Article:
Levi’s clothes are seen on a store shelf in Miami, Florida.
Joe Raedle | Getty Images
Levi Strauss & Co. reported Wednesday its total holiday-quarter sales dropped 12%, marking an improvement from a more than 20% decline in the prior period, as weak shopper traffic at its stores was partially offset by double-digit growth online.
Shares fell more than 4% in after-hours trading.
Chief Executive Chip Bergh told CNBC that the results for the latest quarter topped the denim maker’s internal expectations, nearly meeting the “best-case scenario” that Levi laid out back when the Covid pandemic first started to hit the United States and disrupt many businesses.
“We pivoted very hard to [direct to consumer] and especially to e-commerce,” Bergh said in a phone interview. “Our e-commerce business was profitable in the fourth quarter, and profitable for the full year.”
Levi’s global digital sales, which include the online sales of its merchandise at wholesale partners, made up 23% of fourth-quarter sales, up from 15% in the prior-year period.
Here’s how Levi Strauss & Co. did during its fiscal fourth quarter compared with what analysts were expecting, using Refinitiv data:
- Earnings per share: 20 cents, adjusted, vs. 15 cents, expected
- Revenue: $1.39 billion vs. $1.34 billion, expected
For the three-month period ended Nov. 29, Levi earned $57 million, or 14 cents per share, compared with $96 million, or 23 cents per share, a year earlier. Excluding one-time charges, it earned 20 cents per share, which was better than the 15 cents expected by analysts, using Refinitiv data.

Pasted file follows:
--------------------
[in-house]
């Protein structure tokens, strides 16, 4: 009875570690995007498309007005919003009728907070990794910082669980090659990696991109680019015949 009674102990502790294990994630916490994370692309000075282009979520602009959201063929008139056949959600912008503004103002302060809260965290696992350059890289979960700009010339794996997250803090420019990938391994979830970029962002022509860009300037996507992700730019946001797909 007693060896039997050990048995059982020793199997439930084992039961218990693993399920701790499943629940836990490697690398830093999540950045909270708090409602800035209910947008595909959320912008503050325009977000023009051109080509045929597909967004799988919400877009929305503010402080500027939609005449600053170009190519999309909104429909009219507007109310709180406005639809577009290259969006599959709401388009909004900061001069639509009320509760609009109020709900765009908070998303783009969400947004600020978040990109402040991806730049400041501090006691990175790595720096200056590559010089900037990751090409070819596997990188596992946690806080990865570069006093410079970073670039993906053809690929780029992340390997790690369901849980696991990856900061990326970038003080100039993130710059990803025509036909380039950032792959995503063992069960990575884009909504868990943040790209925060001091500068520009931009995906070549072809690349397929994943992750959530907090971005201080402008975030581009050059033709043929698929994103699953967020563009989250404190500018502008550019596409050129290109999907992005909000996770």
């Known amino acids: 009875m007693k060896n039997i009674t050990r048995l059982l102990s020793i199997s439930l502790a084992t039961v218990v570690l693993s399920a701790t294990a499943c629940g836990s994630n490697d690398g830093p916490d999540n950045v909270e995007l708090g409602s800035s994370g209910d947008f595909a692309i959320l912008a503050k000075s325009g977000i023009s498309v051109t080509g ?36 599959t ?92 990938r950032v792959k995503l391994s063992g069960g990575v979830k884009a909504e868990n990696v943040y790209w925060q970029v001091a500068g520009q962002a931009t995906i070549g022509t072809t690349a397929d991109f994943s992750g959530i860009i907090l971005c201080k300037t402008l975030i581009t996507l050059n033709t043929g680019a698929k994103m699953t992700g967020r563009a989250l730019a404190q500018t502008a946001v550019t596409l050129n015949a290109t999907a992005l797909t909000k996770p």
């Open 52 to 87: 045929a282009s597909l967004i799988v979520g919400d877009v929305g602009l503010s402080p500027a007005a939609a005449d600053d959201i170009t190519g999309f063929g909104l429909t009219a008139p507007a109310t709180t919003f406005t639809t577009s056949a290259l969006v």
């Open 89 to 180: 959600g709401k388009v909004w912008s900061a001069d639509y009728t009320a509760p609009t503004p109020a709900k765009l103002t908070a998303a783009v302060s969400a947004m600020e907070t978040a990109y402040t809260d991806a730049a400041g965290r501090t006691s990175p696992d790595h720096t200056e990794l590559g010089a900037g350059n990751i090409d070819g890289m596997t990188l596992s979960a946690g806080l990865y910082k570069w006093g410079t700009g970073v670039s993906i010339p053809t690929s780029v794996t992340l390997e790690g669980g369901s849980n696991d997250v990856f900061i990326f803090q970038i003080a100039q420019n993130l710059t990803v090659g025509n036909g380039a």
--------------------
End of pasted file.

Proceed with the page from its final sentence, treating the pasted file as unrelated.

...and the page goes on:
Net revenue fell 12% to $1.39 billion from $1.57 billion a year earlier. That was better than the $1.34 billion forecast by analysts.
Digital sales globally were up 34%, which includes sales made on its partner platforms like Amazon.
Levi said revenue from its wholesale partners dropped 15% during the quarter, while its direct-to-consumer revenue was down 5%, due to lower visits to its stores.
As the coronavirus pandemic continues to disrupt normal business operations, the company said that currently roughly 40% of its stores in Europe, and 17% globally including franchisee-operated locations, are closed.
“The recent resurgence of the virus underscores that the ultimate impact of the Covid-19 pandemic remains highly uncertain,” Levi said in its earnings release. “The company expects that its business … will continue to be significantly adversely impacted for at least the first half of 2021, and there remains the possibility of additional Covid-19 related inventory and other charges.”
Levi shares, as of Wednesday’s market close, are up a little more than 8% from a year ago. The company has a market cap of $8.8 billion.